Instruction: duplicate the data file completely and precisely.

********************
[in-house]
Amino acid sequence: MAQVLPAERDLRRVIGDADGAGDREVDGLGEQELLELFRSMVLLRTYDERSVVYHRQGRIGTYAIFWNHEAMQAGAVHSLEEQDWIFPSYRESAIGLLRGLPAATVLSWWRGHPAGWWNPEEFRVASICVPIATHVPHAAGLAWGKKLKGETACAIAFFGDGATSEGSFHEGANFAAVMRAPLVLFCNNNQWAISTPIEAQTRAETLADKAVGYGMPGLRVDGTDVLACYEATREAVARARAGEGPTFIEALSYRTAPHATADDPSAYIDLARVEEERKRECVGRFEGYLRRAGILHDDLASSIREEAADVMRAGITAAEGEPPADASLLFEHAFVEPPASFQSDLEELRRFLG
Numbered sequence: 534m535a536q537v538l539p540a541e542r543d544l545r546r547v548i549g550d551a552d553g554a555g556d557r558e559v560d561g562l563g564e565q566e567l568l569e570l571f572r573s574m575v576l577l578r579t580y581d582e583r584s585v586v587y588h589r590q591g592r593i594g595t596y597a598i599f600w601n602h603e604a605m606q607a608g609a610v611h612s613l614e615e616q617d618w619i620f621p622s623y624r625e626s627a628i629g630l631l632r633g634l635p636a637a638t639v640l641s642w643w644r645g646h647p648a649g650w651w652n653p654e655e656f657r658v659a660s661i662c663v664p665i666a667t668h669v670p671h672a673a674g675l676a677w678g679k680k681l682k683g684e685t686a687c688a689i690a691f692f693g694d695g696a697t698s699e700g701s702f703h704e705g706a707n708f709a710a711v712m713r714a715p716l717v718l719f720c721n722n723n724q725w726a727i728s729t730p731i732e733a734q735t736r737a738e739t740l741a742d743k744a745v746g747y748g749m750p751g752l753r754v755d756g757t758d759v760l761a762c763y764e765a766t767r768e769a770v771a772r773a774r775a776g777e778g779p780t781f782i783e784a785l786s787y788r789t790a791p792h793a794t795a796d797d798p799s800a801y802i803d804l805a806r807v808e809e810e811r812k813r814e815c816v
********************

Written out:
[in-house]
Amino acid sequence: MAQVLPAERDLRRVIGDADGAGDREVDGLGEQELLELFRSMVLLRTYDERSVVYHRQGRIGTYAIFWNHEAMQAGAVHSLEEQDWIFPSYRESAIGLLRGLPAATVLSWWRGHPAGWWNPEEFRVASICVPIATHVPHAAGLAWGKKLKGETACAIAFFGDGATSEGSFHEGANFAAVMRAPLVLFCNNNQWAISTPIEAQTRAETLADKAVGYGMPGLRVDGTDVLACYEATREAVARARAGEGPTFIEALSYRTAPHATADDPSAYIDLARVEEERKRECVGRFEGYLRRAGILHDDLASSIREEAADVMRAGITAAEGEPPADASLLFEHAFVEPPASFQSDLEELRRFLG
Numbered sequence: 534m535a536q537v538l539p540a541e542r543d544l545r546r547v548i549g550d551a552d553g554a555g556d557r558e559v560d561g562l563g564e565q566e567l568l569e570l571f572r573s574m575v576l577l578r579t580y581d582e583r584s585v586v587y588h589r590q591g592r593i594g595t596y597a598i599f600w601n602h603e604a605m606q607a608g609a610v611h612s613l614e615e616q617d618w619i620f621p622s623y624r625e626s627a628i629g630l631l632r633g634l635p636a637a638t639v640l641s642w643w644r645g646h647p648a649g650w651w652n653p654e655e656f657r658v659a660s661i662c663v664p665i666a667t668h669v670p671h672a673a674g675l676a677w678g679k680k681l682k683g684e685t686a687c688a689i690a691f692f693g694d695g696a697t698s699e700g701s702f703h704e705g706a707n708f709a710a711v712m713r714a715p716l717v718l719f720c721n722n723n724q725w726a727i728s729t730p731i732e733a734q735t736r737a738e739t740l741a742d743k744a745v746g747y748g749m750p751g752l753r754v755d756g757t758d759v760l761a762c763y764e765a766t767r768e769a770v771a772r773a774r775a776g777e778g779p780t781f782i783e784a785l786s787y788r789t790a791p792h793a794t795a796d797d798p799s800a801y802i803d804l805a806r807v808e809e810e811r812k813r814e815c816v